- 104 p. ; 22 cm.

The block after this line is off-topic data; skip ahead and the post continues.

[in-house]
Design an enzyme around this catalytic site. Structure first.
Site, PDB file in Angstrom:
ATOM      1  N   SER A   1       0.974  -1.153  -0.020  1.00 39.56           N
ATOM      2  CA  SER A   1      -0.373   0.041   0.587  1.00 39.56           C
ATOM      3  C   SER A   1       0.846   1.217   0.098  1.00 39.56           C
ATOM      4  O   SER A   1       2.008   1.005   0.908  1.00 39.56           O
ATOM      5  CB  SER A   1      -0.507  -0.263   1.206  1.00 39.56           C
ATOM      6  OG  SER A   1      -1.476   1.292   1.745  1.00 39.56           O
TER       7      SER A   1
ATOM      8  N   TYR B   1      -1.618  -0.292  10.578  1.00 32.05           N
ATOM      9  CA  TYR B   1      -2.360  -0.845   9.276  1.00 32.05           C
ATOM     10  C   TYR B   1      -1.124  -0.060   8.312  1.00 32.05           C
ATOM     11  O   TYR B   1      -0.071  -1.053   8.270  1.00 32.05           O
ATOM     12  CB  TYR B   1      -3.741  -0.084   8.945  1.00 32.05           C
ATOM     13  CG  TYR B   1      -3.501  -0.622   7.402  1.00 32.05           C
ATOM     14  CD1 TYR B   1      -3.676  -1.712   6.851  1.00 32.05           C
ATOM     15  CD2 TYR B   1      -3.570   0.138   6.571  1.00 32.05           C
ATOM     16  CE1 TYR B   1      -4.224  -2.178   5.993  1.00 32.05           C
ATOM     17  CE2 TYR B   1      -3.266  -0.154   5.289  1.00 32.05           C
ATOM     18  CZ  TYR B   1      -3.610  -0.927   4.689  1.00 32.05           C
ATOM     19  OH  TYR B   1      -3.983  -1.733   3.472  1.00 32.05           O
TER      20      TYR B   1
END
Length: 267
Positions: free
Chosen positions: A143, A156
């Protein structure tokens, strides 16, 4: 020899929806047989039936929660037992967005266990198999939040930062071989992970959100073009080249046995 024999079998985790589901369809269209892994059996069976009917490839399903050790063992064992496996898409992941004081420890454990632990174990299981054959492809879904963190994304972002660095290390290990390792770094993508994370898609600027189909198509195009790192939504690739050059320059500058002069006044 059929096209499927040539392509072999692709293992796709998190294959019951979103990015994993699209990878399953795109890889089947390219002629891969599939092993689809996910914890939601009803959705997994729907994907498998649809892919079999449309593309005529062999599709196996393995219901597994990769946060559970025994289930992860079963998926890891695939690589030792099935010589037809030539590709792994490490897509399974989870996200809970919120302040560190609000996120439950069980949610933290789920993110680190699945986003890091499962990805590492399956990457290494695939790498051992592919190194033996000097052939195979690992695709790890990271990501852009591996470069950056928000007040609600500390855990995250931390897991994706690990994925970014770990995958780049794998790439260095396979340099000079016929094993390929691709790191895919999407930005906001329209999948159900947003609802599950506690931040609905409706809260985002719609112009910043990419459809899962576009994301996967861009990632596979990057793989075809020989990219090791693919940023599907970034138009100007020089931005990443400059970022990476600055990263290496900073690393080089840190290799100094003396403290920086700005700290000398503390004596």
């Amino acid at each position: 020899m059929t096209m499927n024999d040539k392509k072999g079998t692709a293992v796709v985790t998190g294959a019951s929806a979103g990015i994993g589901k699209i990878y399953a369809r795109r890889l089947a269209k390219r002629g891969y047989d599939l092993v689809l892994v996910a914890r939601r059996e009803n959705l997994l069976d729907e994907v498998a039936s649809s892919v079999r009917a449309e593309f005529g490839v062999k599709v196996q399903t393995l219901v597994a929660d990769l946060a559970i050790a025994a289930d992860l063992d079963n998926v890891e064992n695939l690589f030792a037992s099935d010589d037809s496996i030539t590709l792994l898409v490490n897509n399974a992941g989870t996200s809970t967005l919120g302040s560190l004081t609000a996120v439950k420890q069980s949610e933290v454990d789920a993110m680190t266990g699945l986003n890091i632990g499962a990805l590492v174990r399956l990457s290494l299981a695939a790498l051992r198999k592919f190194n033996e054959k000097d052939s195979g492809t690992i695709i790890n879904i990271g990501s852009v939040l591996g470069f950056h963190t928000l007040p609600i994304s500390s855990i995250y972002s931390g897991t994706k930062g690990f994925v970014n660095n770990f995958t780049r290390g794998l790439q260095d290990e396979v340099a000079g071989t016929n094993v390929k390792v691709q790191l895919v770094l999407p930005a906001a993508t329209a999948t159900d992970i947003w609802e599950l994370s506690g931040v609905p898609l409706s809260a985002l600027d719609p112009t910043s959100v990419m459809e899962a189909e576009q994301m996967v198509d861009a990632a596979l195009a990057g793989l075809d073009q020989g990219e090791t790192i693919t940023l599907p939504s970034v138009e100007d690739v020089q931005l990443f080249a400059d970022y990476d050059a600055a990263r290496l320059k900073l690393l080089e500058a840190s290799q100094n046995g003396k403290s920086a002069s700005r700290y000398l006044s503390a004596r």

- Contents: A Public Apology -- Writing Is Easy! -- Yes, in My Own Backyard -- Changes in the Memory after Fifty -- Mars Probe Finds Kittens -- Dear Amanda -- Times Roman Font Announces Shortage of Periods -- Schrodinger's Cat -- Taping My Friends -- The Nature of Matter and Its Antecedents -- The Sledgehammer: How It Works -- The Paparazzi of Plato -- Side Effects -- Artist Lost to Zoloft -- How I Joined Mensa -- Michael Jackson's Old Face -- In Search of the Wily Filipino -- Bad Dog -- Hissy Fit -- Drivel -- I Love Loosely -- Lolita at Fifty -- A Word from the Words.From a piece sending up the logistics of celebrity ("The Nature of Matter and Its Antecedents") to a story that is half love letter to Los Angeles and half satiric portrait of a New York writer writing about L. A. ("Hissy Fit"), the book's pieces, some of which first appeared in The New Yorker, are both hilariously funny and intelligent in their skewering of the topic at hand. With unparalleled literary ventriloquism. Martin imagines what Walter Matthau's face could tell about how we reveal ourselves to the world, who Lolita might be now, and what goes through the head of a "bad dog." In perhaps the funniest and most quintessentially Steve Martin piece, "Writing Is Easy," Martin explains, among other things, how writers in Czechoslovakia might come up with more depressing material than L.A. writers.Summary: In this ingeniously funny collection of humorous riffs, those who thought Steve Martin's gifts were confined to the screen will discover what readers of The New Yorker magazine already know: that Martin is a master of the written word.